The role of memory associations in excessive and problem gambling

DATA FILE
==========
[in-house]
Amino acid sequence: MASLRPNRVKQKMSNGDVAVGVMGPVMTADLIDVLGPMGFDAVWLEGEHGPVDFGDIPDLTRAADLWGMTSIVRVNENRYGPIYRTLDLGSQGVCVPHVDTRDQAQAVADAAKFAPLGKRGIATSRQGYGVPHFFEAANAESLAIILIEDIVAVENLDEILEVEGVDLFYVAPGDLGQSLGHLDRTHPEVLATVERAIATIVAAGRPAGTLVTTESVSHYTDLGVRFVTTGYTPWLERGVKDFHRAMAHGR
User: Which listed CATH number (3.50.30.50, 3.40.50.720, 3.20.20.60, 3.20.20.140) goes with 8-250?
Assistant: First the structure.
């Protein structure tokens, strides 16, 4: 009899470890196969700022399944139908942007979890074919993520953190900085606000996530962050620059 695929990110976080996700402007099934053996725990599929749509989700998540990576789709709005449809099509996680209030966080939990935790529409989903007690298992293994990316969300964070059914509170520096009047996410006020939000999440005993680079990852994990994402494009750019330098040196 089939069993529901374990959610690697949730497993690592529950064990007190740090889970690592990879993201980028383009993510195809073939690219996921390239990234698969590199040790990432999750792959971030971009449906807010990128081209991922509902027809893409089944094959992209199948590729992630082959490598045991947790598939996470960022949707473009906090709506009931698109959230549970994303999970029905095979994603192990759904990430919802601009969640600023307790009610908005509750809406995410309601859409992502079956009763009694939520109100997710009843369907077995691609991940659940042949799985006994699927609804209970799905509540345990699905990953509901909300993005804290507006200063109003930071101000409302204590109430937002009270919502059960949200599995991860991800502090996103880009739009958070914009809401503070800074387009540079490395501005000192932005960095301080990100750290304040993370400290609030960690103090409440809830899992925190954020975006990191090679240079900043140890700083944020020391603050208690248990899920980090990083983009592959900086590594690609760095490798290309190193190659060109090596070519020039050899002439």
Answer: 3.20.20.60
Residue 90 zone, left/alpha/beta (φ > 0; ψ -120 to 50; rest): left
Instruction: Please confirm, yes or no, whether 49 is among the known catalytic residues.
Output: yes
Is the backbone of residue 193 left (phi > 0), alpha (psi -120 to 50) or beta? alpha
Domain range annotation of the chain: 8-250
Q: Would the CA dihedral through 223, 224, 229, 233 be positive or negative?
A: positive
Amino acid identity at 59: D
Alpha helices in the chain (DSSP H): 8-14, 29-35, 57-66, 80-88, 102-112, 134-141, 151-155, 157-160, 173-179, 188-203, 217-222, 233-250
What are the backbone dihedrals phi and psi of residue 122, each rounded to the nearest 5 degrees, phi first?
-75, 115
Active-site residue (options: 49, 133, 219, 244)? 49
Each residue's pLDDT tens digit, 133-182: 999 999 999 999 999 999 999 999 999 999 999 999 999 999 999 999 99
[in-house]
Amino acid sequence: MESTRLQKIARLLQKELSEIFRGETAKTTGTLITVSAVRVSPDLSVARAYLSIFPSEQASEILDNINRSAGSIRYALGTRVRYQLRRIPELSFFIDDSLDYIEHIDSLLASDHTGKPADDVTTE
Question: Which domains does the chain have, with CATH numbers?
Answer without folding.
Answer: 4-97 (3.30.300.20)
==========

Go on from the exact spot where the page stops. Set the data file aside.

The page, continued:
Outcome expectancies (OEs), or beliefs about the consequences of engaging in a particular behaviour, are important predictors of addictive behaviours. In Study 1 of the present work, we assessed whether memory associations between gambling and positive outcomes are related to excessive and problem gambling. The Gambling Behaviour Outcome Association Task (G-BOAT) was administered to a sample of 96 community-recruited gamblers. On the G-BOAT, participants responded to a list of positive outcome phrases with the first two behaviours that came to mind. Those with more problematic gambling (as measured on the Problem Gambling Severity Index) and greater gambling involvement (as measured by time and money spent gambling on the Gambling Timeline Followback) responded to positive outcome phrases on the G-BOAT with more gambling-related responses. In Study 2, we administered G-BOAT to a community-recruited sample of 61 gamblers, who also completed a computerized reaction time measure of implicit gambling OEs, an explicit self-report measure of gambling OEs, and a measure of gambling frequency. Consistent with Strack and Deutch’s (2004) reflective-impulsive model, memory associations on the G-BOAT and positive OE scores on the explicit Gambling Expectancy Questionnaire each predicted unique variance in frequency of gambling behaviour. These studies are among the first to demonstrate the important role of memory associations in excessive and problem gambling.

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